• TierPoint brings knowledge about how to decide whether application modernization is right for the application, which cloud to use with which component, and how an organization will run it on an ongoing basis.
• Having the right staff to monitor and manage the cloud infrastructure takes experience. TierPoint helps organizations build that muscle.
• TierPoint brings and manages an industry-leading tech stack to help the organization.

The Bigger Truth

Public cloud adoption continues to grow, as its compelling benefits of innovation, cost efficiencies, and easier governance become harder to ignore. The public cloud offers a platform for organizations to rethink how applications are deployed and architect software solutions that fuel innovation and competitive advantage. It is important to find the right combination of solutions from a trusted partner—whether it’s public cloud, regional cloud provider, or on-premises—to help address the unique workload needs of organizations.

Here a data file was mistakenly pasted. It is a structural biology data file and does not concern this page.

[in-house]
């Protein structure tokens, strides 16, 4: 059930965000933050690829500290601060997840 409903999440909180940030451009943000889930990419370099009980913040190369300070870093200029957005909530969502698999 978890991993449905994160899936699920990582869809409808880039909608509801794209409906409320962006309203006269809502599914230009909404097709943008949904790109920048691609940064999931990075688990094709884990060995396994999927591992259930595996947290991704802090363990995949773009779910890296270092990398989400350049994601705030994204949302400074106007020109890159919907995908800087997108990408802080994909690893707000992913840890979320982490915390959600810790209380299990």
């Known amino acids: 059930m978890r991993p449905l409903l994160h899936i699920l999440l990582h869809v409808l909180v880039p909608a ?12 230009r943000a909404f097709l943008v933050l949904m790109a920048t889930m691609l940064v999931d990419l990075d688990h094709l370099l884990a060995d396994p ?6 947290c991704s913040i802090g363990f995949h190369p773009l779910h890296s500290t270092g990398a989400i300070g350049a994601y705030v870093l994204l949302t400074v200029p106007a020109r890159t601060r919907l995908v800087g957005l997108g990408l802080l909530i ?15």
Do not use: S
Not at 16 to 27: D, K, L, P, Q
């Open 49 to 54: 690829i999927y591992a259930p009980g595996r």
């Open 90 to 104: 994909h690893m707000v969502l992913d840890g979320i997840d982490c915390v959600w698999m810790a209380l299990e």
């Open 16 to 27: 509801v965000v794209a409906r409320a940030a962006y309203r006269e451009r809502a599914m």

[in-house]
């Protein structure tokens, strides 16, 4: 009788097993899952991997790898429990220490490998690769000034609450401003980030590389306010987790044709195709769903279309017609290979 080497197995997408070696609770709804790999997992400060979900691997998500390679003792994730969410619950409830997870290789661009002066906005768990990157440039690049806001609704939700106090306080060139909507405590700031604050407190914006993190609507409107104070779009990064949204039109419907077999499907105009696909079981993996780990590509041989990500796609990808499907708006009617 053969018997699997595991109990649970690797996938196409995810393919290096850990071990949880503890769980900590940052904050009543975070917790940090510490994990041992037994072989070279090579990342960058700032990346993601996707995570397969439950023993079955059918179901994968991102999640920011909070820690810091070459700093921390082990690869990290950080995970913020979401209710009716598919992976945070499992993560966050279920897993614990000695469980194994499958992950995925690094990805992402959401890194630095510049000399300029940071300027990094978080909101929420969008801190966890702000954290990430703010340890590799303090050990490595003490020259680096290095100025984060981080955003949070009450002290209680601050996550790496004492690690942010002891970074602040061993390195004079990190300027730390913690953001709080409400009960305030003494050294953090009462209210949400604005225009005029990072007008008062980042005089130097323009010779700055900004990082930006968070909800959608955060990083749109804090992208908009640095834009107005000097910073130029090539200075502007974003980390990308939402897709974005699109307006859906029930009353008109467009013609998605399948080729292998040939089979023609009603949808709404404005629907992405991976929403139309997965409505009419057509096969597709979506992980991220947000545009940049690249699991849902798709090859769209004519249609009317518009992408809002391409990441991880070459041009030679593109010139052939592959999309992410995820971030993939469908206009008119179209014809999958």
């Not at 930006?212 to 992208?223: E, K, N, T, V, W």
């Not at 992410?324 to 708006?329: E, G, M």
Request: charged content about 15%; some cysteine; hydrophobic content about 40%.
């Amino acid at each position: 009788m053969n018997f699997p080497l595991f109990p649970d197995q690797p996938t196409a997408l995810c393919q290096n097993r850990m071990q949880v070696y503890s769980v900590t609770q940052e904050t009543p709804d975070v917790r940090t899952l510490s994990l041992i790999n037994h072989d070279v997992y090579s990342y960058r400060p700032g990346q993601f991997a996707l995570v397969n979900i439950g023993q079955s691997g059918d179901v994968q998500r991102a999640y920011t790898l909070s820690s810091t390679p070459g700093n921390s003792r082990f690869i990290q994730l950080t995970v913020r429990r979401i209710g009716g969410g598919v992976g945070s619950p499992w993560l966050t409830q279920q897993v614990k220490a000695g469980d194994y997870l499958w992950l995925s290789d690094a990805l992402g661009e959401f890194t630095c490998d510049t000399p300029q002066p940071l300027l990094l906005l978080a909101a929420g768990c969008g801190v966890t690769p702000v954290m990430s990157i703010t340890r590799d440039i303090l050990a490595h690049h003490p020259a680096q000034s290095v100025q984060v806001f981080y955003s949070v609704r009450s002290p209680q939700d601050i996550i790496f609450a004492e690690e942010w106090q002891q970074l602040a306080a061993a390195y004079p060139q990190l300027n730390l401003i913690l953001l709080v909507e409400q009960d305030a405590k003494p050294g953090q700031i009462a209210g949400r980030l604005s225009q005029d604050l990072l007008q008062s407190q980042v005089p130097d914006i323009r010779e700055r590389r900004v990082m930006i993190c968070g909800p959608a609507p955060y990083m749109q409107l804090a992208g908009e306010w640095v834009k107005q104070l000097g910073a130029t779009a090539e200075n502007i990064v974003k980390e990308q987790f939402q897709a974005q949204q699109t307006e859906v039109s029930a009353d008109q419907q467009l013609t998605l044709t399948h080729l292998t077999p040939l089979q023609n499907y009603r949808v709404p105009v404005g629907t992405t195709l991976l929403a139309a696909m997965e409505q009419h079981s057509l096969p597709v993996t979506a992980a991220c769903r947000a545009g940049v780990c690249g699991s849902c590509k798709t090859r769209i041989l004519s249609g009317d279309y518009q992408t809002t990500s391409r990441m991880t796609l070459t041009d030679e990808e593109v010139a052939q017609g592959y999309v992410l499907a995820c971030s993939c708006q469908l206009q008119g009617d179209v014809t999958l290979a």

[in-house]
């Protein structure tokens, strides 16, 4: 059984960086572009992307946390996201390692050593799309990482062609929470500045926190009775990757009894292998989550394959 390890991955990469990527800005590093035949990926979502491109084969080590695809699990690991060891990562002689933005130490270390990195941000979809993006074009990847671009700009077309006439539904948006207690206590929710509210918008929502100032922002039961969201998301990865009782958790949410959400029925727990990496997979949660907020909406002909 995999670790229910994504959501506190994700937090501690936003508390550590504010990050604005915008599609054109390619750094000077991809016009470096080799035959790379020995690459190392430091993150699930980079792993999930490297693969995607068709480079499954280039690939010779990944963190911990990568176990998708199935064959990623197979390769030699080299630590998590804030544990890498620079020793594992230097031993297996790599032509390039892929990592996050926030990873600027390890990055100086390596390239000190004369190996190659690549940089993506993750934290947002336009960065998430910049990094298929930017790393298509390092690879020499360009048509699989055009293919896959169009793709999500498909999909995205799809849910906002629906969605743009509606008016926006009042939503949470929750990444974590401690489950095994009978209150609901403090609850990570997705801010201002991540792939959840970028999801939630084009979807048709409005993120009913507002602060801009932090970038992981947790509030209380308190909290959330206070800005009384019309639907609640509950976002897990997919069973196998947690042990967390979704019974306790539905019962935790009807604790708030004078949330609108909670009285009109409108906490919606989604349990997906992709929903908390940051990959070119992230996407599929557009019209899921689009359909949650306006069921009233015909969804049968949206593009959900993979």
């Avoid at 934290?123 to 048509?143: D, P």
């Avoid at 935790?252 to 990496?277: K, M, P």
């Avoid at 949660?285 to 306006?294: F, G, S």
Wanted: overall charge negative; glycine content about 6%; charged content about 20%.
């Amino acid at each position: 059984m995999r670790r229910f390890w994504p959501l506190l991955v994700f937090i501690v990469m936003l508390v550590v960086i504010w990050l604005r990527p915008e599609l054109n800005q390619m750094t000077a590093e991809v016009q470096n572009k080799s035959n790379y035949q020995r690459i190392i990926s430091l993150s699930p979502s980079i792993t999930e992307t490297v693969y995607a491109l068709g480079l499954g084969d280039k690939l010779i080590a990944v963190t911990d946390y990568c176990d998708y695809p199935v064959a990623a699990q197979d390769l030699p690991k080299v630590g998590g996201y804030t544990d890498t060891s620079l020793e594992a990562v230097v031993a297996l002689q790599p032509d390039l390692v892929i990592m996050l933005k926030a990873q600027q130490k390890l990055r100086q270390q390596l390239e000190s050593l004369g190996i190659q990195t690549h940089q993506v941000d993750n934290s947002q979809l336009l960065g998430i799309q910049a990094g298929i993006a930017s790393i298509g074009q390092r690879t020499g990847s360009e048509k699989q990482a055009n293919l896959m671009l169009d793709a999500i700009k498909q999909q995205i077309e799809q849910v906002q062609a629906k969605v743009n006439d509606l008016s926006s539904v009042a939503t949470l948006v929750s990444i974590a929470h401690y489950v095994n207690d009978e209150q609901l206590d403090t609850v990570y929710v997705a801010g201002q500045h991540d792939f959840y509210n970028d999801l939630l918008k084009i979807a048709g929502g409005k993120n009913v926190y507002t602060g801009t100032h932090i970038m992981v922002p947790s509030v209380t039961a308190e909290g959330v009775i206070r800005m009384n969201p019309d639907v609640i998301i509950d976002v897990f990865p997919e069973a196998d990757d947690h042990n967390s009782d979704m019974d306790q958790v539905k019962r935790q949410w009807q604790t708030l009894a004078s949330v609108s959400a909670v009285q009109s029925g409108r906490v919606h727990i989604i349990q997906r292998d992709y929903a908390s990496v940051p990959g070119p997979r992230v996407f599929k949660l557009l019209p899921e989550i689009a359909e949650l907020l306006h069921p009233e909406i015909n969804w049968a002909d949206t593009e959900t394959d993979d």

In spite of all the advantages of a cloud-native approach as part of an effective application infrastructure modernization strategy, the cloud migration challenges are real. At ESG, we have seen many companies attempt a DIY approach, often resulting in applications being repatriated back on-premises creating delays and higher costs. Often organizations find themselves with a shortage of IT staff with the necessary skills to manage the complexities of the cloud. These complexities make it worth considering working with an experienced managed service provider, one that uses proven, leading-edge technology in order to give an enterprise the ability to fully leverage all the benefits the public cloud has to offer.

This ESG White Paper was commissioned by TierPoint and is distributed under license from TechTarget, Inc.